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Nevada student testing much smoother than 2015 catastrophe

Education officials in Nevada breathed a collective, yet tentative, sigh of relief as the state’s standardized testing season appears to be running much more smoothly than the debacle that students encountered in the spring.

As of Monday, more than 15,000 third- through eighth-graders successfully completed an online assessment in English or math, according to the Nevada Department of Education. The department reported Tuesday that an additional 5,200 fifth- and eighth-graders also have taken a new science test since the administration of the statewide assessments started last week.

Compare that to last year, when the state for the first time converted all standardized testing to a fully digital platform.

A rash of computer glitches prevented many students from even logging into the system. In the Clark County School District, which serves roughly 70 percent of the state’s student population, less than 5 percent of third- through eighth-graders completed either the English or math test.

“We’re pleased with the first week of testing and the numbers of students who are taking the tests throughout Nevada,” Steve Canavero, state superintendent of public instruction, said in a statement Tuesday.

“After thoroughly reviewing the process during the past year, we’re hopeful the times students are spending completing the tests are reduced and the testing itself is more seamless,” the statement reads.

The testing season will continue through May 31 in Clark County, and high school students will start taking their end-of-course exams on April 25.

As required under federal law, the elementary and middle school tests attempt to gauge a students’ mastery of a standard set of skills in each subject. The state uses the test scores as a part of its school accountability ratings and, starting in 2016-17, districts must tie the scores to teacher evaluations.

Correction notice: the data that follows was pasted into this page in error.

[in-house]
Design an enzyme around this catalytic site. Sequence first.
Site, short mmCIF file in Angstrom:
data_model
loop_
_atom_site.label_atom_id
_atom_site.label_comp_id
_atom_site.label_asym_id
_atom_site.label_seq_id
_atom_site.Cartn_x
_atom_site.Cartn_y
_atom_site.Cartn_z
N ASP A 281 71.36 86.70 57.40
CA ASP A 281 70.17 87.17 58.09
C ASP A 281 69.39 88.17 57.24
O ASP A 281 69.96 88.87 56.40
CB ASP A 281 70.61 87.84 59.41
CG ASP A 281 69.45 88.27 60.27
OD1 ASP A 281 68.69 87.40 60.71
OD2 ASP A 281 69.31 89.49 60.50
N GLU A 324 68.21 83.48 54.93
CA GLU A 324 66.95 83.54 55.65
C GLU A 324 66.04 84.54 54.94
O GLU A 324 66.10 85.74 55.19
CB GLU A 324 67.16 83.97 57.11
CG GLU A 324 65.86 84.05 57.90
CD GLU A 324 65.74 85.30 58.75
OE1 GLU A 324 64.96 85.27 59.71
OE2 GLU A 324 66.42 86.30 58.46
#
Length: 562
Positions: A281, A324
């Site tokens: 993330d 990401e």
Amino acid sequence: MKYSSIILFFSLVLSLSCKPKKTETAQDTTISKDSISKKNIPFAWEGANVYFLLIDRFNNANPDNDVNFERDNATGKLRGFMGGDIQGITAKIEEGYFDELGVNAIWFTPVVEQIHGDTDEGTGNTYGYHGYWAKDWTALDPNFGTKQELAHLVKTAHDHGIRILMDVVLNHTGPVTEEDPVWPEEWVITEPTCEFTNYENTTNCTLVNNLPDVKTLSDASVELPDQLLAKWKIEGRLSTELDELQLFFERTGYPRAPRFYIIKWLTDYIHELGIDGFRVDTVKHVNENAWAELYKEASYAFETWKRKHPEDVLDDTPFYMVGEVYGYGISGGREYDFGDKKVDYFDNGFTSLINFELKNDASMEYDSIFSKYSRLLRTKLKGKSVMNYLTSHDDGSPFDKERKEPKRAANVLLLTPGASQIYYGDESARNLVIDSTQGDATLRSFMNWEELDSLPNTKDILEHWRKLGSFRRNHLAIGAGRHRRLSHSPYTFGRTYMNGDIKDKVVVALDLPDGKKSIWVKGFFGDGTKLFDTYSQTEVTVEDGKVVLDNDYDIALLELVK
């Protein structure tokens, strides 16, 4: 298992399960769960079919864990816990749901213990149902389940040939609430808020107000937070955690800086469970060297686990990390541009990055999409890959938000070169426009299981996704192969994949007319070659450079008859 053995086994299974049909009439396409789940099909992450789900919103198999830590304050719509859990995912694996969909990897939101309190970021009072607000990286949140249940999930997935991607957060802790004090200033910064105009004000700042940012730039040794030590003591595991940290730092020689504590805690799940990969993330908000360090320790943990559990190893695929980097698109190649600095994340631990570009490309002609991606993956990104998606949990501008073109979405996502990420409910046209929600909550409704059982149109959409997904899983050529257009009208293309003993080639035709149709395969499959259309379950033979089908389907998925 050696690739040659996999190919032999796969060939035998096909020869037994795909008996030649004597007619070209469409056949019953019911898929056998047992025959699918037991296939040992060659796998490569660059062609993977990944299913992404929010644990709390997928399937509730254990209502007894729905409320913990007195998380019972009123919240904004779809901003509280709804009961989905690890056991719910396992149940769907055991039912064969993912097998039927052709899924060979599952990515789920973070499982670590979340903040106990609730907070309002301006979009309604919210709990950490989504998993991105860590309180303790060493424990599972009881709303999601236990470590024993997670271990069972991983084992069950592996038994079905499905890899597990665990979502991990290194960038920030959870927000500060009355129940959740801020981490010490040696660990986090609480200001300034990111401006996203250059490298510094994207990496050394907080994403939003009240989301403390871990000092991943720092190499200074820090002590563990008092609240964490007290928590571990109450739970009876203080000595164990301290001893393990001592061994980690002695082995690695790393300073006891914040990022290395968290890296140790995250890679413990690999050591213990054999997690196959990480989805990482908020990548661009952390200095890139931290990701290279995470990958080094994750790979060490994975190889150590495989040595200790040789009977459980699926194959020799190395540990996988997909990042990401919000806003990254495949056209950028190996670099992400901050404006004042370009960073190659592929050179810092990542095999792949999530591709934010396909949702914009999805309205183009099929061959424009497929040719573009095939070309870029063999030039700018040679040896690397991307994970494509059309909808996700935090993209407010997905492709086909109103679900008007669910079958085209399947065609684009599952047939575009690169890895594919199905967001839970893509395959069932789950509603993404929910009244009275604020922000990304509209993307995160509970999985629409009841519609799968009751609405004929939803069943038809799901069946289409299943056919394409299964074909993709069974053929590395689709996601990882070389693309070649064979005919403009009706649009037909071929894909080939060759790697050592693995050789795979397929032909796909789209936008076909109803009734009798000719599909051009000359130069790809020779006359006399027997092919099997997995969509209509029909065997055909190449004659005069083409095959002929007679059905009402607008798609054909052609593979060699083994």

Last year’s testing issues — which Canavero previously described as a “fiasco” — prompted the state to dump and reach a $1.3 million settlement with the vendor, Measured Progress, which provided the faulty system.

In August, the State Board of Examiners awarded a nearly $51.5 million contract to industry heavyweight CTB/McGraw-Hill to develop, administer, score and report the litany of standardized tests that public school students take every year in Nevada.

A subcontractor, Data Recognition Corp., or DRC, spent the past several months working directly with districts to prepare them for the testing season that began March 7. On Wednesday, hundreds of testing coordinators from across Clark County and surrounding rural districts will join DRC for a second round of training on the new tests.

“Anytime you have a new vendor, there’s always growing pains,” said Tiffany Seibel, director of assessment for Clark County schools.

Last week, for example, about 52 third-grade students encountered an issue with one question on the English test. DRC resolved the issue within two days, according to the education department.

Between January and March, the district tested over 63,000 students who identify as English language learners through the new vendor’s system.

“We really didn’t know what to expect, I guess because it was new,” Seibel said.

“In the end, we feel very confident in how many students we were successful with,” she added. “We estimate 96 percent of our (English language learners) were successfully tested.”

Seibel predicted a similar success rate for the 150,000 students who will participate in the current testing window.

As for last year, the U.S. Department of Education on Friday gave Nevada a rare exemption from a federal mandate requiring at least 95 percent of students to participate in the annual statewide tests.

The state requested the waiver in January after releasing the limited test scores that it cautioned were likely invalid.

“We’re pleased with this result. We think it’s fair,” said Canavero.

The exemption signals an end to financial uncertainty that has hung over Nevada for nearly a year, after the federal department warned that it intended to hold states accountable for not meeting the mandate tied to millions of dollars in federal funding.

The Associated Press contributed to this report. Contact Neal Morton at nmorton@reviewjournal.com or 702-383-0279. Find him on Twitter: @nealtmorton

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